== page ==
of resentment actuate his conduct to a degree equal to the destruction of the colony."



General Lee took the occasion to set forth his Dwn system of policy, which was particularly rigid wherever men in authority and tories were concerned. It was the old grudge against ministers and their adherents set on edge.

"Had my opinion been thought worthy of attention," would he say, " Lord Dunmore would have been disarmed of his teeth and claws." He would have seized Tryon too, " and all his tories at New York," and, having struck the stroke, would have applied to Congress for approoa


"I propose the following measures," would he add: "To seize every governor, government man, placeman, tory, and enemy to liberty on the continent, to confiscate their estates; or at least lay them under heavy contributions for the public. Their persons should be secured, in some of the interior towns, as hostages for the treatment of those of our party, whom the fortune of war shall throw into their hands; they should be allowed a reasonable pension out of their fortunes fur their maintenance." 1

Such was the policy advocated by Lee in his letters and conversation, and he soon had an opportunity of carrying it partly into operation. Rhode Island had for some time past been domineered over by Captain Wallace of the royal navy; who had stationed himself at Newport with an armed vessel, and obliged the place to furnish him with supplies. Latterly he had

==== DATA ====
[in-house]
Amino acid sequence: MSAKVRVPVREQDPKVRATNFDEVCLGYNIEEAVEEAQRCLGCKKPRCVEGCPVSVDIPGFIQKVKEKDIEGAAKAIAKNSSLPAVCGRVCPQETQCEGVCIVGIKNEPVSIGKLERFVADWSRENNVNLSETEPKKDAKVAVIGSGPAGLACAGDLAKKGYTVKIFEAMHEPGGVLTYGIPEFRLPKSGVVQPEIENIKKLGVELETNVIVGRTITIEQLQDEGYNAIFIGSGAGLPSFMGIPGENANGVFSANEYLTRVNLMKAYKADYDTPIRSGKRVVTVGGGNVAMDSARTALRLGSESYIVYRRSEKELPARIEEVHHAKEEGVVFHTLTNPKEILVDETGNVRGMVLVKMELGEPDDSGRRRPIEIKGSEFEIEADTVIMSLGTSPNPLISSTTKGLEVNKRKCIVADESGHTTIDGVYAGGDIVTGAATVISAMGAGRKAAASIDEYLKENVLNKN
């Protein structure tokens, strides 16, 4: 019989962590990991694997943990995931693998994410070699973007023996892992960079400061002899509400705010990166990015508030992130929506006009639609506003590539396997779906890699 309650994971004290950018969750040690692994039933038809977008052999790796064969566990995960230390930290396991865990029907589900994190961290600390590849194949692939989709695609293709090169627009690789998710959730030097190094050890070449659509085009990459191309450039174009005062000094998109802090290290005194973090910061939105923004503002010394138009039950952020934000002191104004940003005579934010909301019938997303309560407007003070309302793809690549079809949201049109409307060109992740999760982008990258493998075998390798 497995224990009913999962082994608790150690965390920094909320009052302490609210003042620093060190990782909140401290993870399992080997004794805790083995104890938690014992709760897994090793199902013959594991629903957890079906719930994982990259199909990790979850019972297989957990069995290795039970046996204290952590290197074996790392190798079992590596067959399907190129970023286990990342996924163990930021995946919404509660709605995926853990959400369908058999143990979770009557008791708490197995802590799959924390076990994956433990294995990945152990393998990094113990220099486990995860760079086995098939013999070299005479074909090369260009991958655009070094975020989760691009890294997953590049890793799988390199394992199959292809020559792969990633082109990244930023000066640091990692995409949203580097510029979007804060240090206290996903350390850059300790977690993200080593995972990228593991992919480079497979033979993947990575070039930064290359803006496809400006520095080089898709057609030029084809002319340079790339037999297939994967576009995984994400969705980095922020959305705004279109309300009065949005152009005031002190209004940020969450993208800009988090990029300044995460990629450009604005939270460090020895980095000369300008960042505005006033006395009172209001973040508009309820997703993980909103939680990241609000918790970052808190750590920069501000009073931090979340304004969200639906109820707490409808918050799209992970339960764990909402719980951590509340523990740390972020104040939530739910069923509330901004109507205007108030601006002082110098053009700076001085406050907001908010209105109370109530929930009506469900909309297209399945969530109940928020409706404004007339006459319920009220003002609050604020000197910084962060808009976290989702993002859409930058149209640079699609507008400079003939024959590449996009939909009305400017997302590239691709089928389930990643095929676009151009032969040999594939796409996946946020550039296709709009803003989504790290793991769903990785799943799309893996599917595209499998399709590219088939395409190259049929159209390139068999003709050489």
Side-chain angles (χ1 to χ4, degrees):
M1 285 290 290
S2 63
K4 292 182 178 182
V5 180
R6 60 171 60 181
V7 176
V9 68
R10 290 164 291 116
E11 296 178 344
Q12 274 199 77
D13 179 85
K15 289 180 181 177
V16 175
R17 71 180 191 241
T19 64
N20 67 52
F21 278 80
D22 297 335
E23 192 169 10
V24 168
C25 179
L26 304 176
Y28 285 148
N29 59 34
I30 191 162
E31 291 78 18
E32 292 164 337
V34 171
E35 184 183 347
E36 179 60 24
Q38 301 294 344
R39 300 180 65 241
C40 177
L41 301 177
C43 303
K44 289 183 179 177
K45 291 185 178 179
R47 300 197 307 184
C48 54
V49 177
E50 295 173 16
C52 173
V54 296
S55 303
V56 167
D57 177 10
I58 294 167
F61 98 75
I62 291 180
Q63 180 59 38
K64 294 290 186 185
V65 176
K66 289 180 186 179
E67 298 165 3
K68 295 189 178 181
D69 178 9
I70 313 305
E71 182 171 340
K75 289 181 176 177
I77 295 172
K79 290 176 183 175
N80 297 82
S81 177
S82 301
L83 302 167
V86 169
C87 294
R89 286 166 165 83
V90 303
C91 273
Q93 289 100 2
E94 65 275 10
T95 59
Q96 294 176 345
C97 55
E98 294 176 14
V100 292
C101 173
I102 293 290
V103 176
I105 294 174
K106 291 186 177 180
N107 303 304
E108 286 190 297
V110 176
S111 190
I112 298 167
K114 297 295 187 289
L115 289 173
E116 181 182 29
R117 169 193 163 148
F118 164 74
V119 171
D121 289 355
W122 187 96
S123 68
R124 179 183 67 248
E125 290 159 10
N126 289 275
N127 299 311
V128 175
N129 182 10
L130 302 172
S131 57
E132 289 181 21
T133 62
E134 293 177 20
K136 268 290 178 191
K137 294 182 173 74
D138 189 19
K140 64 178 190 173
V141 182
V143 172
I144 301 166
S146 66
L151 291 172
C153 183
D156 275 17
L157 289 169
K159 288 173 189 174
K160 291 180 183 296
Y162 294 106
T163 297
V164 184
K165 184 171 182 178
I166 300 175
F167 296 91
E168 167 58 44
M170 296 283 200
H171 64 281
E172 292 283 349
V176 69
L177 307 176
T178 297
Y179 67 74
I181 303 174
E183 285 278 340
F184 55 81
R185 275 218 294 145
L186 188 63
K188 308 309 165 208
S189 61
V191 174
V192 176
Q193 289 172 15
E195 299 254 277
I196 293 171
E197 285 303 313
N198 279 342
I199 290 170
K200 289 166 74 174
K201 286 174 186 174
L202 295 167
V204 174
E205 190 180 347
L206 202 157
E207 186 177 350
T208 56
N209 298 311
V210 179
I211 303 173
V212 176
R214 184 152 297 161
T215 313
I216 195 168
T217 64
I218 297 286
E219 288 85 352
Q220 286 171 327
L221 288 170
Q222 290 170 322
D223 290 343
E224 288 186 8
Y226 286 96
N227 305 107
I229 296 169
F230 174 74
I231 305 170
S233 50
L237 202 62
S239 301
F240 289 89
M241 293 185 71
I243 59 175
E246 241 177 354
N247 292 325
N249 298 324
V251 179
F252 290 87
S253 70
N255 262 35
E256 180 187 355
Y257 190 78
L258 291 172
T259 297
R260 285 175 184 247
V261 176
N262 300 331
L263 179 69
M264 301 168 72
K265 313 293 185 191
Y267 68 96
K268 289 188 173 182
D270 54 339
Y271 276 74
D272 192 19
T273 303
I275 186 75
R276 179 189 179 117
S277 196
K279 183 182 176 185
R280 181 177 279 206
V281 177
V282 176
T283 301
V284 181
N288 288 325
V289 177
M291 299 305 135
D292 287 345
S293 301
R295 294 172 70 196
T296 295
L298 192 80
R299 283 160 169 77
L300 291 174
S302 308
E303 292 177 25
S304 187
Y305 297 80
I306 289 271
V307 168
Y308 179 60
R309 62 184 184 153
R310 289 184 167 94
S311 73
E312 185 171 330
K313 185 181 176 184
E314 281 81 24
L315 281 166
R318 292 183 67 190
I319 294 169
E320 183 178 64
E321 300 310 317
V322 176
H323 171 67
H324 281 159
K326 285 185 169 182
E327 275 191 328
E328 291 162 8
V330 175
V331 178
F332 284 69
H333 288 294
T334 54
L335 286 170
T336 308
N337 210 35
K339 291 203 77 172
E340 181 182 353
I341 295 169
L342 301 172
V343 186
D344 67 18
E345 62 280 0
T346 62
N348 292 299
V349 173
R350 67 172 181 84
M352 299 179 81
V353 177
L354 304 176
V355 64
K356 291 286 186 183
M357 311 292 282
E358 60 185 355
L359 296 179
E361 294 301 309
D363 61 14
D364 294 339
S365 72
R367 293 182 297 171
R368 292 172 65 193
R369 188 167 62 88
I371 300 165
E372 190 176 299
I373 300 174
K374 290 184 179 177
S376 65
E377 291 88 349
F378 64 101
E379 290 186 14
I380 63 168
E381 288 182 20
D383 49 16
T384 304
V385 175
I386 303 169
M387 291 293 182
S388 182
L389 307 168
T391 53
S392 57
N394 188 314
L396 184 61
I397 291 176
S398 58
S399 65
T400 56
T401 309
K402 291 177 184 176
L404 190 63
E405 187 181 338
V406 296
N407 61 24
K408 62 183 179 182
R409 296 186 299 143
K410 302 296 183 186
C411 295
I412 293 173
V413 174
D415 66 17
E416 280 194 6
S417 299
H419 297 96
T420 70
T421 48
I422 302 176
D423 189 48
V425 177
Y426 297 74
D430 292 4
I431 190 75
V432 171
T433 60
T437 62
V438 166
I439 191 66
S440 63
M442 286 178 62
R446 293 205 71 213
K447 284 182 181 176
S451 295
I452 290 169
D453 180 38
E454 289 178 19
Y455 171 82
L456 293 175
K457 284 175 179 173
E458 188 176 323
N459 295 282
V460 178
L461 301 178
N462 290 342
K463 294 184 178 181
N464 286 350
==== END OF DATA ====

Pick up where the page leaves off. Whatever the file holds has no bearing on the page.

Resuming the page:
1 Lee to Rich. Henry Lee. Am. Archives, 4th Series, iv.


landed in Conanicut Island, opposite to Newport with a number of sailors and marines, plundered and burnt houses, and driven off cattle for the supply of the army. In his exactions and niaraudings, he was said to have received countenance from the tory part of the inhabitants. It was now reported that a naval armament was coming from Boston against the island. In this emergency, the governor (Cooke) wrote to Washington, requesting military aid, and an efficient officer to put the island in a state of defense, suggesting the name of General Lee for the pur


Lee undertook the task with alacrity. "I sincerely wish," said Washington, "he may be able to do it with effect; as that place, in its present state, is an asylum for such as are disaffected to American liberty."

Lee set out for Rhode Island with his guard and a party of riflemen, and at Providence was joined by the cadet company of that place, and a number of minute men. Preceded by these, he entered the town of Newport on Christmas-day, in military style. While there, he summoned before him a number of persons who had supplied the enemy; some according to a convention originally made between Wallace and the authorities, others, as it was suspected, through tory feelings. All were obliged by Lee to take a test oath of his own devising, by which they religiously swore that they would neither directly, nor indirectly, assist the wicked instruments of ministerial tyranny and villainy com